International Cryptozoology Society
Welcome to the International Cryptozoology Society
It is my pleasure to welcome you as a fellow member of the International Cryptozoology Society (ICS). As a Society member, you will share in the thrill of the search for hidden animals, and thanks to the Society’s international contacts hear about the latest expeditions and discoveries worldwide.
As a founder, member, director and enthusiastic supporter of the now-defunct International Society of Cryptozoology (ISC), I participated in many of its symposia and contributed to its publications from 1982 through 1997. The ISC dissolved shortly afterwards, but my and others’ interest in cryptozoology and the search for hidden animals has continued to fascinate naturalists and the general public, and even some adventurous scientists for the continuing decades.
I am delighted a new organization, the International Cryptozoology Society (ICS), has been launched under competent management and new leadership. It is associated with the International Cryptozoology Museum (cryptozoologymuseum.com), directed by Loren Coleman in Portland, Maine, USA. Loren and his assistant director Jeff Meuse have assembled a team to propel the International Cryptozoology Society into a new productive future. I have accepted to be its Honorary President.
Although not a legal successor of the ISC, the ICS follows in its footsteps and fosters a scientific approach to the search for unknown animals, based on evidence and modern science. It will publish a peer-reviewed journal and hold annual symposia, as well as host special events and coordinate online channels to share announcements of new species discoveries and ongoing quests.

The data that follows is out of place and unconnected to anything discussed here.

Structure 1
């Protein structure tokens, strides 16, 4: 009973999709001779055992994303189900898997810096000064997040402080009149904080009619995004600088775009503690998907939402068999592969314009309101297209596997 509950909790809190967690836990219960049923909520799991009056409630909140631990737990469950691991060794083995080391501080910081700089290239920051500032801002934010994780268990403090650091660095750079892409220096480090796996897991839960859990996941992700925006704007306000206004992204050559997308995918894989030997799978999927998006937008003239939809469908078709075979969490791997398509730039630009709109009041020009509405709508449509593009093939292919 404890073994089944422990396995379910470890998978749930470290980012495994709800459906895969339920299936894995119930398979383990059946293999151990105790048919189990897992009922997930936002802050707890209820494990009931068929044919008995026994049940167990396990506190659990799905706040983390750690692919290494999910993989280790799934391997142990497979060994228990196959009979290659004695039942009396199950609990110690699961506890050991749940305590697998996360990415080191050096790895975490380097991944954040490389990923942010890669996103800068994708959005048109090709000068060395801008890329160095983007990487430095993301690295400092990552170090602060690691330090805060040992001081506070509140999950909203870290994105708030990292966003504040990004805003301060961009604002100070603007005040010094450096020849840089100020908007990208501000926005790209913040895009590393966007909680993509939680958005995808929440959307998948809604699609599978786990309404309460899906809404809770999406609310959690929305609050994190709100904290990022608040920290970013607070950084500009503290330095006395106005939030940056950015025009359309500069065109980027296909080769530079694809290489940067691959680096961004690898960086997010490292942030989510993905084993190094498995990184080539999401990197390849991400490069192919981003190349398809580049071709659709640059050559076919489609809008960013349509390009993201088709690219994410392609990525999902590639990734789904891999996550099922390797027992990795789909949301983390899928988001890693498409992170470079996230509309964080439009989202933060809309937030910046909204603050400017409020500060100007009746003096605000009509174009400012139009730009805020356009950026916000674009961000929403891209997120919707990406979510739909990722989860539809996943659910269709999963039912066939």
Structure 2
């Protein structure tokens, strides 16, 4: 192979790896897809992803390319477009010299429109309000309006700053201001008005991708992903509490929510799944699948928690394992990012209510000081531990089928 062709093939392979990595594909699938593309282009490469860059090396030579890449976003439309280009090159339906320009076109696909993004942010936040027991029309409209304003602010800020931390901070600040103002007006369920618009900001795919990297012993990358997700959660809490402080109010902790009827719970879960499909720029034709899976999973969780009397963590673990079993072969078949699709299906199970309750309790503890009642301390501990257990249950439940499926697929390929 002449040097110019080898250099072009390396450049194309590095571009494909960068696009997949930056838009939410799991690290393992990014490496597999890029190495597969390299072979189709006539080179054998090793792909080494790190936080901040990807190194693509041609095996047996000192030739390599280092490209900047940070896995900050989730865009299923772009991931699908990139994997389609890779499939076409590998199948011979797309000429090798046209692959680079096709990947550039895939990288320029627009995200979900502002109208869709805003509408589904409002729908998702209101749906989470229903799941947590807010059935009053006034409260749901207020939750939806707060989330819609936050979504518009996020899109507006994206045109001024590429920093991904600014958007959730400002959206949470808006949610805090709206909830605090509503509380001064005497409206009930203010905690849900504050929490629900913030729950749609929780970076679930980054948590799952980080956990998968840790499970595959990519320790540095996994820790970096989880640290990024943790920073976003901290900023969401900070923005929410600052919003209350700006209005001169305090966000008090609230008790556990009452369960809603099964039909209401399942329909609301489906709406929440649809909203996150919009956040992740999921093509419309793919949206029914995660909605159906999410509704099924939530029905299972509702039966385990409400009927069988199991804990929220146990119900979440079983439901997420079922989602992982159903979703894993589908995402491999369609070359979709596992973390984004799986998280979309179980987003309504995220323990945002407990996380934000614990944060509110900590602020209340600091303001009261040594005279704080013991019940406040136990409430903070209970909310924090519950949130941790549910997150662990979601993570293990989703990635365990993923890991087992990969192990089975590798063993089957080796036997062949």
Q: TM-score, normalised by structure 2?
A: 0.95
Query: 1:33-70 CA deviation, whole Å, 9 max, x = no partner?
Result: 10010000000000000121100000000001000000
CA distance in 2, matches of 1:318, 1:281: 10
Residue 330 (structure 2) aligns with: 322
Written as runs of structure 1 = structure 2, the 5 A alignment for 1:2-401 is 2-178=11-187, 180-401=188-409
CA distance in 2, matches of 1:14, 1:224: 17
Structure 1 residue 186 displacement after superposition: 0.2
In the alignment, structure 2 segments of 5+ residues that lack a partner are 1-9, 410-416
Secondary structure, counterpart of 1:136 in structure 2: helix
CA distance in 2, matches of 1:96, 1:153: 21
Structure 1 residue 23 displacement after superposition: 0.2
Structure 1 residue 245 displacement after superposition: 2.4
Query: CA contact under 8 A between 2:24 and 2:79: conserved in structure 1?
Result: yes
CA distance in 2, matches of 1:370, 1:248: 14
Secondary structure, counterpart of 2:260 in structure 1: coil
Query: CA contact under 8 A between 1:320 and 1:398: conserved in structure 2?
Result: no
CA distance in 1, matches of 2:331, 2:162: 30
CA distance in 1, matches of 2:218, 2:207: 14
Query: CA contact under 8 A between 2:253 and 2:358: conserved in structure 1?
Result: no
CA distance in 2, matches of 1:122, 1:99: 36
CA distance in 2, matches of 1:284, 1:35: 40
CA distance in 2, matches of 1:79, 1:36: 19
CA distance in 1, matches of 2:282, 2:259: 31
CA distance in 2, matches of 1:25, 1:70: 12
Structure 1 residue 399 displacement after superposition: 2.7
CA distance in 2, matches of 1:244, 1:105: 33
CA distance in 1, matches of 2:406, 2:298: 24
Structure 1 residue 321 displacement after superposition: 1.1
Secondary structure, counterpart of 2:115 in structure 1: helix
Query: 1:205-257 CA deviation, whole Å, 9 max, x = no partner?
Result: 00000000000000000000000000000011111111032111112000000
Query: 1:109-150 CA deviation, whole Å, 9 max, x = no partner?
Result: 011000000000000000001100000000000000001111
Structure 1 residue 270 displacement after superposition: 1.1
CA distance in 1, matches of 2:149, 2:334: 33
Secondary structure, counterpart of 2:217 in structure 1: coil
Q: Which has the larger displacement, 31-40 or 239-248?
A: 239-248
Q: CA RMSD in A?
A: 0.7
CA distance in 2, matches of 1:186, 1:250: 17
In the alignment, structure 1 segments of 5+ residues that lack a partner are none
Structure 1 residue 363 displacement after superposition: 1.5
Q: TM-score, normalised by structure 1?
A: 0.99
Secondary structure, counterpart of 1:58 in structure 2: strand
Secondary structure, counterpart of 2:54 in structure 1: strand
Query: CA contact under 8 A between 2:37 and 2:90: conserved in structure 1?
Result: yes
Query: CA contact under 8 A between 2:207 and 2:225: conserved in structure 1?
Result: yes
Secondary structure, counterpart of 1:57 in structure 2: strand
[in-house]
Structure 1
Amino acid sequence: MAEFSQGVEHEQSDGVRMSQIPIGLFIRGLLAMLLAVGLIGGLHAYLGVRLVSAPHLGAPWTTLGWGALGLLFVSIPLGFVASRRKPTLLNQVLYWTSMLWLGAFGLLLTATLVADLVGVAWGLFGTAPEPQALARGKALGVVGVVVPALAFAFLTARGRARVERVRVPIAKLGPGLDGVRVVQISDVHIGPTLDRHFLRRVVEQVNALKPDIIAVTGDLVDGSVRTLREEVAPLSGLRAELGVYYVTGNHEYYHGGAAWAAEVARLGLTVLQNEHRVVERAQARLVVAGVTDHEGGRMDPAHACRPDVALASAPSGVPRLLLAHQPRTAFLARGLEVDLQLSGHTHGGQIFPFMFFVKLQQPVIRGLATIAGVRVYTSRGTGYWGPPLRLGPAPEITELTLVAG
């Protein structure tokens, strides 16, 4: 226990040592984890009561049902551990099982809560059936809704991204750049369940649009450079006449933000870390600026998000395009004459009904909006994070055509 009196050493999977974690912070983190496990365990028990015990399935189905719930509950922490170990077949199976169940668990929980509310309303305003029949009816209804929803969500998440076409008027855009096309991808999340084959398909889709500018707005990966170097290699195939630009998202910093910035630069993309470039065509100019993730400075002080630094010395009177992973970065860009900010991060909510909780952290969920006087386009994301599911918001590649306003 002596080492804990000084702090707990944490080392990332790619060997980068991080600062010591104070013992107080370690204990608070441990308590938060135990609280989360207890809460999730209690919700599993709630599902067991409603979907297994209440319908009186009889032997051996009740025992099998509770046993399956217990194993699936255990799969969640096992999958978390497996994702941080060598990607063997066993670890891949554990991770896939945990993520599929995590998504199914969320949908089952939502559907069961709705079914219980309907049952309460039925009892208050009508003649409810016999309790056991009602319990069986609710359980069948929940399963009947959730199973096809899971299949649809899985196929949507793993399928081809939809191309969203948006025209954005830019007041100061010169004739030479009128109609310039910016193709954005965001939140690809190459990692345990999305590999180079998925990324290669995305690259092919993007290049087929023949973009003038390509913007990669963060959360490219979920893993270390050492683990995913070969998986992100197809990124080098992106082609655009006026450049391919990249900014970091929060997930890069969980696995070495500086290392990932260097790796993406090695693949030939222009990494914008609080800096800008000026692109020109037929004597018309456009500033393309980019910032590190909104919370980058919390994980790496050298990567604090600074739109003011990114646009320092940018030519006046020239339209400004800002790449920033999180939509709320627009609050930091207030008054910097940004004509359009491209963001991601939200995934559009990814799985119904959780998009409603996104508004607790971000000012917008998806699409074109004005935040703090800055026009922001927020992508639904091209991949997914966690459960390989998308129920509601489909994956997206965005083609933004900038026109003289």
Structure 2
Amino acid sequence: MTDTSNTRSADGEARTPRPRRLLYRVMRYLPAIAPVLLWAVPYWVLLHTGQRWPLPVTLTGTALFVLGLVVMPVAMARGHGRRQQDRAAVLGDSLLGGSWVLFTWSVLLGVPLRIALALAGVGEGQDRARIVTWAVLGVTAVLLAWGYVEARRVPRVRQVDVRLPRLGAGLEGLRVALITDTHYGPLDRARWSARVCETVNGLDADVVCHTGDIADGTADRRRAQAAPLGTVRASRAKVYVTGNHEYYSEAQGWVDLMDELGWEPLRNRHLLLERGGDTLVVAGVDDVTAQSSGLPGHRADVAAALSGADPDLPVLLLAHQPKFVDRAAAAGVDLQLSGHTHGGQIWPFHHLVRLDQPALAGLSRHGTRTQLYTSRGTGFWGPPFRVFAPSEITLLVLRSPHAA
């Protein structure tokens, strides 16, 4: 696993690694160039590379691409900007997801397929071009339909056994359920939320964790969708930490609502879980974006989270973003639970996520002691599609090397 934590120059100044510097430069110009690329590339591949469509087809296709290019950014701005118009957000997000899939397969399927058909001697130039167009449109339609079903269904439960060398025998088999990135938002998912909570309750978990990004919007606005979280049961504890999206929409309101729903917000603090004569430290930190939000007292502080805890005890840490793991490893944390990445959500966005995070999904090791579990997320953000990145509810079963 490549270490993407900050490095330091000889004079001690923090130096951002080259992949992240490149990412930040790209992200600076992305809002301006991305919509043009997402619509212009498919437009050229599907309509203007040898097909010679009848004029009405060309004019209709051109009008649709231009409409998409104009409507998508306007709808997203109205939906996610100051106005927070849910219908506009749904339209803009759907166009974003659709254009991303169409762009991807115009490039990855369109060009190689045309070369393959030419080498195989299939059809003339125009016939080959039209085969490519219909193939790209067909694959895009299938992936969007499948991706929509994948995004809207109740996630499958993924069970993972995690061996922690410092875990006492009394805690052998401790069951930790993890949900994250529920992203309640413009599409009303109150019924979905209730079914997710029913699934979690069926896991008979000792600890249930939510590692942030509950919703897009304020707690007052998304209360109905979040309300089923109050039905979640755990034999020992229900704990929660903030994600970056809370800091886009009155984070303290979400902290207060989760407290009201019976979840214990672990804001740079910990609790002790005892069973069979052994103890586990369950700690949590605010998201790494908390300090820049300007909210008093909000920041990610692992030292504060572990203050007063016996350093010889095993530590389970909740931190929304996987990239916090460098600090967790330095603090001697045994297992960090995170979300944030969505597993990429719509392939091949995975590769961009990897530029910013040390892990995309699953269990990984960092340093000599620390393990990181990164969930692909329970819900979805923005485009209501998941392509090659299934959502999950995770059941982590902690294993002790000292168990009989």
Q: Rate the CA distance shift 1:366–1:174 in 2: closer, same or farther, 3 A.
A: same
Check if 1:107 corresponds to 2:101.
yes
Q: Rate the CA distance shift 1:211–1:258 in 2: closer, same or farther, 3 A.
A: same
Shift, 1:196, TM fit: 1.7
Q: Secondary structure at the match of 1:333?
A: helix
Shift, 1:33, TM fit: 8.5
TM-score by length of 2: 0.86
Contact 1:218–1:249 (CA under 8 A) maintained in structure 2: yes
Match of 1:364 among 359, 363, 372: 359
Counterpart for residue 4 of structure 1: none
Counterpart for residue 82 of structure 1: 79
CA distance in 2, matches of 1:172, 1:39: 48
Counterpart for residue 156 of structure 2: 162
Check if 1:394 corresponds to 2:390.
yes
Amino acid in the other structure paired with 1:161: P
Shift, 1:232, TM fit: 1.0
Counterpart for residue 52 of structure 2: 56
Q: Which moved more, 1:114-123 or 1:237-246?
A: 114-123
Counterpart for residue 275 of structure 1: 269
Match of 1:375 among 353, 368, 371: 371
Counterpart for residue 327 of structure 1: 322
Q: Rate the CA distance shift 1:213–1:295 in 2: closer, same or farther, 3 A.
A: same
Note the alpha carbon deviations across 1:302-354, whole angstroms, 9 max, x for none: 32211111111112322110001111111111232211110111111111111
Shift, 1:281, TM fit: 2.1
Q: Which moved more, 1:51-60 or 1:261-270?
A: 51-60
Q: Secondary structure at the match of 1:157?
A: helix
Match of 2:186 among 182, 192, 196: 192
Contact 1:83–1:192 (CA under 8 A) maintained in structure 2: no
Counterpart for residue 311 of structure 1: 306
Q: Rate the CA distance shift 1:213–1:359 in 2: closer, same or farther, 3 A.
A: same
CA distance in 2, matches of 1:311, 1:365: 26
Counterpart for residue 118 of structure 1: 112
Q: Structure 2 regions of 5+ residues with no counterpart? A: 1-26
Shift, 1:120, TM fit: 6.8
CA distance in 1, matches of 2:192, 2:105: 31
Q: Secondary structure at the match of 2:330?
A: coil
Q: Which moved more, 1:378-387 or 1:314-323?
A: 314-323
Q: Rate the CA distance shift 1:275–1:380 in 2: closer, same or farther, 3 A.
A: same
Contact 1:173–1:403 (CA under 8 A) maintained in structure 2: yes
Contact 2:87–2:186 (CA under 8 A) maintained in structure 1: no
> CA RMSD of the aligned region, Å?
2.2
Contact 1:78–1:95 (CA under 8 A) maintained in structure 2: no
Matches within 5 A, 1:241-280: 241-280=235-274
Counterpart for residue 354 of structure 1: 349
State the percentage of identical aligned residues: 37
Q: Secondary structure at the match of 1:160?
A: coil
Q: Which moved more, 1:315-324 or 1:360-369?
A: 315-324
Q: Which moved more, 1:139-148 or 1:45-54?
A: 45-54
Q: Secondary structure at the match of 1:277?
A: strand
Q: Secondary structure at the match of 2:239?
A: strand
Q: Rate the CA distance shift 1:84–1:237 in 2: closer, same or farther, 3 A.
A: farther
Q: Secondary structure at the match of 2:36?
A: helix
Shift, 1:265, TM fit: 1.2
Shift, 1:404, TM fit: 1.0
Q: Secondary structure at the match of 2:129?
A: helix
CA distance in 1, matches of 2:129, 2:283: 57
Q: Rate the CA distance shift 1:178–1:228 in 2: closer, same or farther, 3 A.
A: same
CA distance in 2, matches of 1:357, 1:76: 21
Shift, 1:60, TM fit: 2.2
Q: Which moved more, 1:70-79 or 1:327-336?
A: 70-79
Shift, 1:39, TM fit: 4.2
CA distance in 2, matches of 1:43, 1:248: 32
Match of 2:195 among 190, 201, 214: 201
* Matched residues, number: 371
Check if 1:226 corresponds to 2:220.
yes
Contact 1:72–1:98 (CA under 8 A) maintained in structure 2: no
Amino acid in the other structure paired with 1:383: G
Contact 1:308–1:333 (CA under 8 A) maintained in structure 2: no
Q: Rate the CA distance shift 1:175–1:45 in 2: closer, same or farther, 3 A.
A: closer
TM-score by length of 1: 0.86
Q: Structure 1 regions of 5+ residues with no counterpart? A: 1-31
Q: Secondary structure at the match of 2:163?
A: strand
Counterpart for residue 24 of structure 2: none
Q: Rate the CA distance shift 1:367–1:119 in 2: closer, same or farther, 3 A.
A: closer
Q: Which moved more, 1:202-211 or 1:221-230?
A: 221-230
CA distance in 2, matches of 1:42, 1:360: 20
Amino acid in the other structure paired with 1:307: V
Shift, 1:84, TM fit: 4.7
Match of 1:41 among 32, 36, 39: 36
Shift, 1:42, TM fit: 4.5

I hope you will find the opportunity to attend the Society’s annual conference and enjoy reading and perhaps also contribute to its publications.
With my best regards,
British Columbia, Canada
Introducing the International Cryptozoology Society ~
During the First International Cryptozoology Conference in St. Augustine, Florida, at the Board of Directors of the International Cryptozoology Museum (ICM), on January 5, 2016, the total membership of the Board voted positively in favor of creating a scientific cryptozoology membership organization as an offshoot of the museum. Due to copyright and other legal issues, merely assuming the name and mandate of the old International Society of Cryptozoology, was not an option. Instead, we decided to form a new association as a subset of the ICM, with a peer-reviewed journal, entitled the INTERNATIONAL CRYPTOZOOLOGY SOCIETY (ICS).